Sunday, August 16, 2020

Book Reviews - Strong Leads and the Boys in the Band

Back with another round - as I always do. For this round, there were three books that had really strong main characters. Two of these were YA and one was a middle-grade. Honestly, I don't remember these books being so strong and real when I was a kid/teen. And even though I'm many years beyond the intended audience these days, I find I get so, so much from this genre. Oh, and I also read a book about boy bands because when I was an actual teen, that was my life. Well, let's be honest, that girl still very much lives inside of me. Now, let's talk books.

Running by Natalia Sylvester is a perfect "themed" read as election season is upon us. This is a wonderful story of a Cuban American teen finding her voice. Mariana's dad is running for president. As her father's campaign progresses, Mari begins to realize she might not agree with his political views and plans. What I loved about this was even though Mari couldn't yet vote, she was exploring issues in her community. She was also working through the dissonance of how she might disagree with someone she loves. Additionally, this was Mari figuring out how she wanted to be active and impact change. This was an amazing and important story centering an emerging and powerful woman. I loved reading about how Mari navigated not just being thrust into the spotlight with a campaign, but figuring out where she fit into the world.

The Black Kids by Christina Hammons Reed is a story about a black teen in LA in 1992. Ashley lives in a world full of privilege. Her parents have intentionally raised her in this way and area of the city. When the riots happen after the Rodney King verdict, Ashley begins to explore questions around her identity, as well as the relationships she has with friends and peers. I was in elementary school during this, so I honestly don't have a strong memory of what happened, so it was interesting to read a novel set in this time against this backdrop. Anyway, as the protests happen, Ashley begins to realize what she thought to be true is not. For all the work her family and she has done to "fit in" to the world of privilege, she is different. She starts to realize she is indeed a black kid, and she begins to learn what that means. It means some relationships aren't what she thought, and it means she has to figure out where she does have connection. This was such a captivating and emotional story. The characters were so authentically written, especially Ashley as the character who is centered in it all. While a fiction read, there was so, so much truth in this, and it is one that y'all absolutely need to read. Thanks to NetGalley for the look at this recent release!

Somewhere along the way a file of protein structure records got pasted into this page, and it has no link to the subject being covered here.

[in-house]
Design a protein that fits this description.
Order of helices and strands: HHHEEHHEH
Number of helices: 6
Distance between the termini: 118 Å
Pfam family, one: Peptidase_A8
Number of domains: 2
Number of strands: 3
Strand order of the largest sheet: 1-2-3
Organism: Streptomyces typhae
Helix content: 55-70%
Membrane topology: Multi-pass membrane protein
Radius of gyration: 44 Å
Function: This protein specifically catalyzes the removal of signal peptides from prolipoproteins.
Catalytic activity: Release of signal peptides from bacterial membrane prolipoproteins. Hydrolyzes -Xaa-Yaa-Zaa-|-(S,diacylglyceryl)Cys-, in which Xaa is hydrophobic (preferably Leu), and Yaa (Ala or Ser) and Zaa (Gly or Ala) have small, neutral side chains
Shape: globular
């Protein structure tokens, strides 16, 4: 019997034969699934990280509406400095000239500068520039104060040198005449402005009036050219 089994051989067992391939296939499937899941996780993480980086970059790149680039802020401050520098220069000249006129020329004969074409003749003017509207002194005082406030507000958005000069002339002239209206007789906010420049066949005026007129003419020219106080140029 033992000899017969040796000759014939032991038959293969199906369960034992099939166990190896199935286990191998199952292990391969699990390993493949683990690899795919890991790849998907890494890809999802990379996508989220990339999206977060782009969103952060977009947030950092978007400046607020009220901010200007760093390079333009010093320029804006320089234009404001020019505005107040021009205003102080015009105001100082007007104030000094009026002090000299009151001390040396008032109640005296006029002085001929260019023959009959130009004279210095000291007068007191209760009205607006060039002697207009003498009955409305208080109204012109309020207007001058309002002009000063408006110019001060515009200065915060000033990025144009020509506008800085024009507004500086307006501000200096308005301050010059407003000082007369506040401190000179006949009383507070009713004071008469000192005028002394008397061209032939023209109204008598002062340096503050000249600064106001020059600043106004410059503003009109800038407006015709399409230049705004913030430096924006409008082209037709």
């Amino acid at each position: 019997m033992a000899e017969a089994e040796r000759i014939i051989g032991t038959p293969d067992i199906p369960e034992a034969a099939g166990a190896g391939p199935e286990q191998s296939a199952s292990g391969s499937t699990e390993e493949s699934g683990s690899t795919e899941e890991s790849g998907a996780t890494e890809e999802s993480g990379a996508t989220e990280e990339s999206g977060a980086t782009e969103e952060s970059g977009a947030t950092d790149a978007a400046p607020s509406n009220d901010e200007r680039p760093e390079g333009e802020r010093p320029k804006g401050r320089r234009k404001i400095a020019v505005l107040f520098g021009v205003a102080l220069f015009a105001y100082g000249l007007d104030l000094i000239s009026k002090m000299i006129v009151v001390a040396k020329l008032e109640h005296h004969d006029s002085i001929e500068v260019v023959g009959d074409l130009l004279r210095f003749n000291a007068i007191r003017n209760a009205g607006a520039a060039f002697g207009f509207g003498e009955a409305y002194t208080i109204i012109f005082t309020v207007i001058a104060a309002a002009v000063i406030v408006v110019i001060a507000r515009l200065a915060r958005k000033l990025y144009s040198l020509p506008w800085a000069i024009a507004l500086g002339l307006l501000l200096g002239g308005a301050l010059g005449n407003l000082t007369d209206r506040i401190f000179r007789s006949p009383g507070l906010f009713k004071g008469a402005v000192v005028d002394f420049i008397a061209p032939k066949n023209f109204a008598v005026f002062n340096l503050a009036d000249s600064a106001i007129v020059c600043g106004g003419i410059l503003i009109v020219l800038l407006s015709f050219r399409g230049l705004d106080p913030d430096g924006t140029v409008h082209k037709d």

Larger Than Life: A History of Boy Bands from NKOTB to BTS by Maria Sherman was always going to be my jam - Pun totally and completely intended. Y'all should know that I love boy bands. *NSYNC is my forever #1, and I continue to hold out hope for a reunion. I'd even take that reunion without JT. Anyway, this isn't about me. This book is for every human who ever loved a boy band. What I loved about this was that it covered my own #1, but I got the chance to learn about other bands. I found this especially interesting for the bands that have come after *NSYNC because I haven't had the chance to keep up. I knew much of the information about NKOTB (my first boy band love), BSB (which just kind of happened given when they were biggest), and obvs my guys, but the way it was all packaged together was just so wonderful. It was a definitive history, and I love the trips down memory lane, as well as the window into the experiences of other bands/fandoms. If you've been the one who had their walls plastered with posters, who knew more about the guys in the band than people you actually know in real life, and have spent all the money on merch/CDs/concerts, this book is clearly for you.

Anything But Typical by Nora Raleigh Baskin focuses on an autistic boy named Jason. He knows he is living in a neurotypical world, and that can be hard for him. One place he finds he can connect and feel normal is the online site where he posts his stories. There he can just focus on writing, and there he finds connection with a girl with the username PhoenixBird. I loved that this was told through Jason's eyes throughout. He has an awareness of how he sees and feels differently, and he shares what that experience is like. Specifically, he shares his struggles as he seeks understanding, connection, and even normalcy. This was an emotional read at times because Jason wants so much to just fit in, find friends and belong. He knows what the barriers are to that, but that doesn't make him not still hope that can be his life one day. This was a middle-grade read with such heart. I found myself rooting for Jason so hard, and I loved the window into his world with all its ups and downs.

Onto the next ones!